The agricultural industry is experiencing a workforce crisis
International and inter-state border restrictions have significantly impacted on agricultural workforce issues. In 2018-19, around 40-50 per cent of the national casual and contract workforce employed on farms were international workers. In NSW alone, 11,000 international workers were employed on farm in November 2018. In April 2019, following the summer harvest, 8,000 international farm workers were employed. The prolonged closure of international borders since March 2020 has significantly reduced the pool of international workers.
In addition to the shrinking pool of seasonal workers the industry is also challenged with restricted worker mobility from rapidly changing intra-state lockdown measures and interstate border restrictions. Urgent government action is critical to address the workforce shortages experienced in agriculture to enable farmers in NSW to capitalise on improved seasonal conditions after a long period of drought.
NSW Farmers calls on the NSW Government to implement the following immediate measures:
1. Certainty for mobile workers
Businesses, workers and border communities continue to face challenges as rapidly changing border closures impact the reliability, continuity, and availability of agricultural workers. This directly impacts the available domestic workforce as they are unwilling (or unable) to travel outside their home state for risk of incurring quarantine and the associated costs upon their return. Despite the Agricultural Workers’ Code, there is still no consistent approach amongst states to facilitate the movement of agricultural workers (e.g. in permit application process, validity of permit, etc).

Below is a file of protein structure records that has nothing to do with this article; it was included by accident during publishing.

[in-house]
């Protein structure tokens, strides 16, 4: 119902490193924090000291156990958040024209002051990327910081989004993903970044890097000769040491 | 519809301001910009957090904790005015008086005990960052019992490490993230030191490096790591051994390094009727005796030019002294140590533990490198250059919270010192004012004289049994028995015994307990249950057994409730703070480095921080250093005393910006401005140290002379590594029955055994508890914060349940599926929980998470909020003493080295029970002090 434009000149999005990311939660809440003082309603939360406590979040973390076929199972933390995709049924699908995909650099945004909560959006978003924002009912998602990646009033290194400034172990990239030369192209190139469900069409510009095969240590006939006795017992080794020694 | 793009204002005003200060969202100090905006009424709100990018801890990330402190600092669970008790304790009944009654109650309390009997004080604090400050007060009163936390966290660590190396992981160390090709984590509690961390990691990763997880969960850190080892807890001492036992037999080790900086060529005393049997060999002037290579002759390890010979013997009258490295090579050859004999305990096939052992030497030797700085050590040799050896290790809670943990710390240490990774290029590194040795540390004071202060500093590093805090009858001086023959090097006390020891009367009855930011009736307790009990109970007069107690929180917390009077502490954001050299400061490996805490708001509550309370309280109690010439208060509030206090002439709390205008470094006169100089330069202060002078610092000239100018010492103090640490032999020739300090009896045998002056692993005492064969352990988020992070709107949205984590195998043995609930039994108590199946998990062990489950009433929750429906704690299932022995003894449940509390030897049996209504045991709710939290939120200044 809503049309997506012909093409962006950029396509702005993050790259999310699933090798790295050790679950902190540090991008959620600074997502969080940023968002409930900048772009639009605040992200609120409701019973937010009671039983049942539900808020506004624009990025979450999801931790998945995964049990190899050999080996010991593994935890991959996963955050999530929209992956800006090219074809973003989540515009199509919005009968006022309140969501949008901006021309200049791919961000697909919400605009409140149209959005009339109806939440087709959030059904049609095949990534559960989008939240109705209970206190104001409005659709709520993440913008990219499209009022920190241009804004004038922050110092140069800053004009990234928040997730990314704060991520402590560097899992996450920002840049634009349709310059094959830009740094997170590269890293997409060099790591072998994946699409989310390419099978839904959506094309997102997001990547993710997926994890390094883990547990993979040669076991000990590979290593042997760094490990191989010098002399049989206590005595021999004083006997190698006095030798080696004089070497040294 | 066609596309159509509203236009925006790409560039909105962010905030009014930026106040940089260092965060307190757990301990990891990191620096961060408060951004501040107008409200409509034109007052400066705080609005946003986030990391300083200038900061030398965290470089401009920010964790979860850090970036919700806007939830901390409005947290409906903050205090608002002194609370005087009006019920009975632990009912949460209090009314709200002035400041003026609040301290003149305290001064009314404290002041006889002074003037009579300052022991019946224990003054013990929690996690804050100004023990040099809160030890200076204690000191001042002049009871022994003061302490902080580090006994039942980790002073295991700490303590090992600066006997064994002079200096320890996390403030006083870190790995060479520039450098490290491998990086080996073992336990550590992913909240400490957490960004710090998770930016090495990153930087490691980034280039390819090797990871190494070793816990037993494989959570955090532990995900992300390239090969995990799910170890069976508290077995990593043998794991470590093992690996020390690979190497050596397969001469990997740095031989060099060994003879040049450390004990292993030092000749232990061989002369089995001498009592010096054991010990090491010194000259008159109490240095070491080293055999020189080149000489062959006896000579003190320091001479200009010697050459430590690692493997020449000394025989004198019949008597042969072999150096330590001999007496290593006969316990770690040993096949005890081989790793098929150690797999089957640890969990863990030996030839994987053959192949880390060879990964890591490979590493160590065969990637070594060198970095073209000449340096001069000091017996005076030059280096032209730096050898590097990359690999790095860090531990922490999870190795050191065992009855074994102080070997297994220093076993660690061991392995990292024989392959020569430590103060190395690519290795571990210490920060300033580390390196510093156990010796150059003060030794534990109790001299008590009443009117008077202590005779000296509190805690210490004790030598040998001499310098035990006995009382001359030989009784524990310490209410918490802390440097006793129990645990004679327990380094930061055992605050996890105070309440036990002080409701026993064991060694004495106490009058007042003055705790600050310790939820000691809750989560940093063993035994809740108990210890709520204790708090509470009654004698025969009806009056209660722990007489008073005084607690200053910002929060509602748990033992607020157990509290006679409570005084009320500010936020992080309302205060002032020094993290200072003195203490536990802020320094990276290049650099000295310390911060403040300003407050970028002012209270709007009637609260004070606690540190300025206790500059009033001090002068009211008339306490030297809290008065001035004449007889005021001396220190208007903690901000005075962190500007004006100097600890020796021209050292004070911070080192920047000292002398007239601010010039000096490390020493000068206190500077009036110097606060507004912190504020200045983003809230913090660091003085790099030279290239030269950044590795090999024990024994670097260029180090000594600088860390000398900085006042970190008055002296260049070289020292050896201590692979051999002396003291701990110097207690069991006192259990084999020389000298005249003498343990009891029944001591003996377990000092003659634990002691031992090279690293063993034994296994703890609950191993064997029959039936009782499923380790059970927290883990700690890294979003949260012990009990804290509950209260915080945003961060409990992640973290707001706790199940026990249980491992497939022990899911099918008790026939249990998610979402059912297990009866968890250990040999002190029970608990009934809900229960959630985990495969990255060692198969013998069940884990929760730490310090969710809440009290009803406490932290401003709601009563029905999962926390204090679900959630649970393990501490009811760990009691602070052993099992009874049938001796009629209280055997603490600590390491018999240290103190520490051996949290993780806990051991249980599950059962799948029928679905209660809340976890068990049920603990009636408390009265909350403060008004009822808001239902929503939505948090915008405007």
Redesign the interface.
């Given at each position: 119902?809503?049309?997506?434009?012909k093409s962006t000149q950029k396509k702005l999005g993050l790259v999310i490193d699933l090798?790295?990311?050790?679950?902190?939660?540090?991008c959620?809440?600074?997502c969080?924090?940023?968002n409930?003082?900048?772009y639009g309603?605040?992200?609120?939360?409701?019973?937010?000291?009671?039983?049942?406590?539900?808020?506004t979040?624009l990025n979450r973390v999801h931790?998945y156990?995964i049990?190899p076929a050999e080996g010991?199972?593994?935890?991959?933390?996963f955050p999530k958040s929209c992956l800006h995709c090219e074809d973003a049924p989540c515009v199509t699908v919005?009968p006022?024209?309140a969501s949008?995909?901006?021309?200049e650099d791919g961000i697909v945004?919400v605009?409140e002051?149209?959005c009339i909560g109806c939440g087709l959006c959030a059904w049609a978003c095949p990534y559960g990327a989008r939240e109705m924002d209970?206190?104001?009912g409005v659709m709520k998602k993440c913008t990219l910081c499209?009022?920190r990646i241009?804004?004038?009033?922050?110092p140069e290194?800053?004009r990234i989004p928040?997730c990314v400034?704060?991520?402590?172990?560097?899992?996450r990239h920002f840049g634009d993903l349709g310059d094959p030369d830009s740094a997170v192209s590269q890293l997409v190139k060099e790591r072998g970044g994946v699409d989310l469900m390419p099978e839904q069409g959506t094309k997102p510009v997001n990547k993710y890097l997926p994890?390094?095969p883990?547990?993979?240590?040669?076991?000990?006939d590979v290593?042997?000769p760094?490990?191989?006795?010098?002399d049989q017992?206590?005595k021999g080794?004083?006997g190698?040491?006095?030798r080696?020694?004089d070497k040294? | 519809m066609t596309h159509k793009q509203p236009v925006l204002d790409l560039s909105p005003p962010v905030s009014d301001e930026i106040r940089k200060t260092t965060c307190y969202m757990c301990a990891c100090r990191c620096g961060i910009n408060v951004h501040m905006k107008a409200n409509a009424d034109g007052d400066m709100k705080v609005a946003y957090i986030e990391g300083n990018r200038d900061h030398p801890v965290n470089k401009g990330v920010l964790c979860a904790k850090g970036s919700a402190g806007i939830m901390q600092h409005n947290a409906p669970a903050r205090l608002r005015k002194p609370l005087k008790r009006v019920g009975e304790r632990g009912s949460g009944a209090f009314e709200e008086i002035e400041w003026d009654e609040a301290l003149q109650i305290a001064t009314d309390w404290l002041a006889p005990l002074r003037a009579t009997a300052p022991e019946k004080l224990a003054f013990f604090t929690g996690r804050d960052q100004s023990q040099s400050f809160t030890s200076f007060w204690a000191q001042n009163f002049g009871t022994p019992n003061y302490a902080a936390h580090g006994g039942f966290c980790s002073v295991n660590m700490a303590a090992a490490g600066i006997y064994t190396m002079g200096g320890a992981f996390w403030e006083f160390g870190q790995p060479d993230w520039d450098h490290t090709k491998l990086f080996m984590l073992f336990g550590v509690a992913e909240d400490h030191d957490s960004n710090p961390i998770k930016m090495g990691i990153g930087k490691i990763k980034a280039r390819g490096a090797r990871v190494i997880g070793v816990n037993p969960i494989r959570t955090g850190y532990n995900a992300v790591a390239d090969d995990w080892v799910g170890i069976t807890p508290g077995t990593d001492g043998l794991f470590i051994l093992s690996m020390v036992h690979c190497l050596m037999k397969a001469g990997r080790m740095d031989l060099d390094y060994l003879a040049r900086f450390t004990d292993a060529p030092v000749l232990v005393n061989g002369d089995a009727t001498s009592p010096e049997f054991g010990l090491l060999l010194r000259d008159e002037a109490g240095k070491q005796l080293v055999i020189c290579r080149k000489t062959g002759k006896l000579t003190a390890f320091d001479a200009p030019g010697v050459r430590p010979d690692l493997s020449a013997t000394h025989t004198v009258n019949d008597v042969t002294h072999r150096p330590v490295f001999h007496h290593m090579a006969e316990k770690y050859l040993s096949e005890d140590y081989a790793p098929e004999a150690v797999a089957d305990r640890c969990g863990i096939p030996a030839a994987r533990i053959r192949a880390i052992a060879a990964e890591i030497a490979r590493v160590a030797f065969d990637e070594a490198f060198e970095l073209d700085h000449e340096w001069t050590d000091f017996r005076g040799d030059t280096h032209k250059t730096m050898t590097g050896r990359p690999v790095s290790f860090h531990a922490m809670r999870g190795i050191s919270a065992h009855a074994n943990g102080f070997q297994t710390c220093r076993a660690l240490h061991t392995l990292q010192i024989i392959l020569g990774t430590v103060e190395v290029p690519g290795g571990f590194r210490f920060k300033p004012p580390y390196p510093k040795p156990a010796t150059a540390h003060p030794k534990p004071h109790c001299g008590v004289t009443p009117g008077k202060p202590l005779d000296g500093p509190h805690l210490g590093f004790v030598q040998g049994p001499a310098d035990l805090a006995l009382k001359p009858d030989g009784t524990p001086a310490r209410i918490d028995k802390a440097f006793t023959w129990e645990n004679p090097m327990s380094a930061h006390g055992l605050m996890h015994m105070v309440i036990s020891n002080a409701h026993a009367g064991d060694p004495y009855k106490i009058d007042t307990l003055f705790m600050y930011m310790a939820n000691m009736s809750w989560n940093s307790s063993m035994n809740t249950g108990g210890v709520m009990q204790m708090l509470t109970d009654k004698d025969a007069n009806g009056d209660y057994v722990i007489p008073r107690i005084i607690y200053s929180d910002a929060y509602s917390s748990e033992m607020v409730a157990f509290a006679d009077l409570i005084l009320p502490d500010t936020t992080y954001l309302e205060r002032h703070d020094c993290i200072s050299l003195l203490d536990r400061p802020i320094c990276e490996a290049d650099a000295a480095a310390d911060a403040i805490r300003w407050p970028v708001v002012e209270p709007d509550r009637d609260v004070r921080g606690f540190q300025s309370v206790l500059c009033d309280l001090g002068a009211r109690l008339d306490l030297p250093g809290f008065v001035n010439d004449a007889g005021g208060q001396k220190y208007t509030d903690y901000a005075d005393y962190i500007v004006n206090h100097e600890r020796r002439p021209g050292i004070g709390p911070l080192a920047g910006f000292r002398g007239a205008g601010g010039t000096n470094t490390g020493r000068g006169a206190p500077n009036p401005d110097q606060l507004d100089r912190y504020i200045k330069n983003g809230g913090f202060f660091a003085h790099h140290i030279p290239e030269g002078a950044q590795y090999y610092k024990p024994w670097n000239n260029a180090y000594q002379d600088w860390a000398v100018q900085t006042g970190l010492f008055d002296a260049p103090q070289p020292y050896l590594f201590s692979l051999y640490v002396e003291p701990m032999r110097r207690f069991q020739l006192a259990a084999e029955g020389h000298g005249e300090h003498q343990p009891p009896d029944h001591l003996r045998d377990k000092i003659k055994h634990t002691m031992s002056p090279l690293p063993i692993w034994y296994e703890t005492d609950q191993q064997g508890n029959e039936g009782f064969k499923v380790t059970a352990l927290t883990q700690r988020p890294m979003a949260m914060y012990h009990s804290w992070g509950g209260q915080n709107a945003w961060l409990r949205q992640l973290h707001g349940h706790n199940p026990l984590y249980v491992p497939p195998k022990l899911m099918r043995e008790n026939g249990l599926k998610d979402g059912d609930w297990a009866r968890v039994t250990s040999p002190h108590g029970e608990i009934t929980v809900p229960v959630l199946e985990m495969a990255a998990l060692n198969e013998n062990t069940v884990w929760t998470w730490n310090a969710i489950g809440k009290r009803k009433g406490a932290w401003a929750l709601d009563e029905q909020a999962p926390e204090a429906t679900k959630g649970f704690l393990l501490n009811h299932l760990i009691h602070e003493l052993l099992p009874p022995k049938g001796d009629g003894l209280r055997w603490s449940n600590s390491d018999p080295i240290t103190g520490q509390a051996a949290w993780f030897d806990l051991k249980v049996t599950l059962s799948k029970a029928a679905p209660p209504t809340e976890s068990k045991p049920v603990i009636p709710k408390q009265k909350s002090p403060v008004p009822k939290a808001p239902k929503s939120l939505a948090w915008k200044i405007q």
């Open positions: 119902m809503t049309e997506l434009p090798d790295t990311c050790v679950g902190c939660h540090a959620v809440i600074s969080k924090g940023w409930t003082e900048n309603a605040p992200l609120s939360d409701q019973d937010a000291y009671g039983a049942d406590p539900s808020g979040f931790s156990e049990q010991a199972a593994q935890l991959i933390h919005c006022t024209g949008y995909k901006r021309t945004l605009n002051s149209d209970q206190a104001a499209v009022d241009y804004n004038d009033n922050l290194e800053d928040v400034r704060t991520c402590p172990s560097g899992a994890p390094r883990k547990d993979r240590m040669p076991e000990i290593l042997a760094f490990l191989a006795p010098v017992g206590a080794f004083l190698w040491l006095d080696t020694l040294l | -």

Farm businesses and workers require certainty, clarity of information as well as a practical, timely and consistent permit system to enable workers to move from farm to farm and return to their home.
2. Targeted communications campaign
With international border closures likely to be prolonged into 2022 and the Seasonal Workers Program and Pacific Labour Scheme presenting several challenges, attracting domestic and international workers already onshore to meet some of the labour demand is a high priority. A targeted and coordinated approach to highlight the job opportunities in agriculture will help to bridge the gap between the industry needs and current
workforce views of jobs and careers in agriculture.
The NSW Government successfully established the Help Harvest NSW website last year. It is sensible to now develop Help Harvest NSW into a proactive communications campaign to highlight the opportunities available in agriculture through mainstream and social media. Communications should target specific categories of the workforce (e.g. university students, grey nomads, people looking for a tree change) for maximum reach
and increasing broad appeal.
3. Coordination assistance
Seasonal work in agriculture by its very nature is short in duration (less than 3 months) and geographically diverse. Proactive coordination and facilitation of worker movement from harvest region to harvest region is critical to support the allocation of interested workers to the right region at the right time.
NSW Farmers calls for the establishment of a network of ‘Help Harvest NSW’ coordinators as the conduit between interested workers, farm businesses, government agencies and relevant stakeholders in the regions. This network of on the ground coordinators, supported by a centrally managed source of information and updates, will be key to promote, coordinate, organise and ultimately deliver workers for farmers and farm businesses. It would help match potential workers from schools, universities, grey nomads, local job seekers and others.
4. Incentives to participate in agriculture work
The agricultural industry is critical to the health and welfare of the state. All options should be considered to increase attractiveness of participation in agricultural work. This includes bonus payments that are linked to a specified period of participation in agriculture work, access to public transport subsidy for international students, additional Dine and Discover vouchers, HECS relief/credits to encourage domestic university students, relief/concessions to encourage retired/semi-retired pensioners.
5. Localised initiatives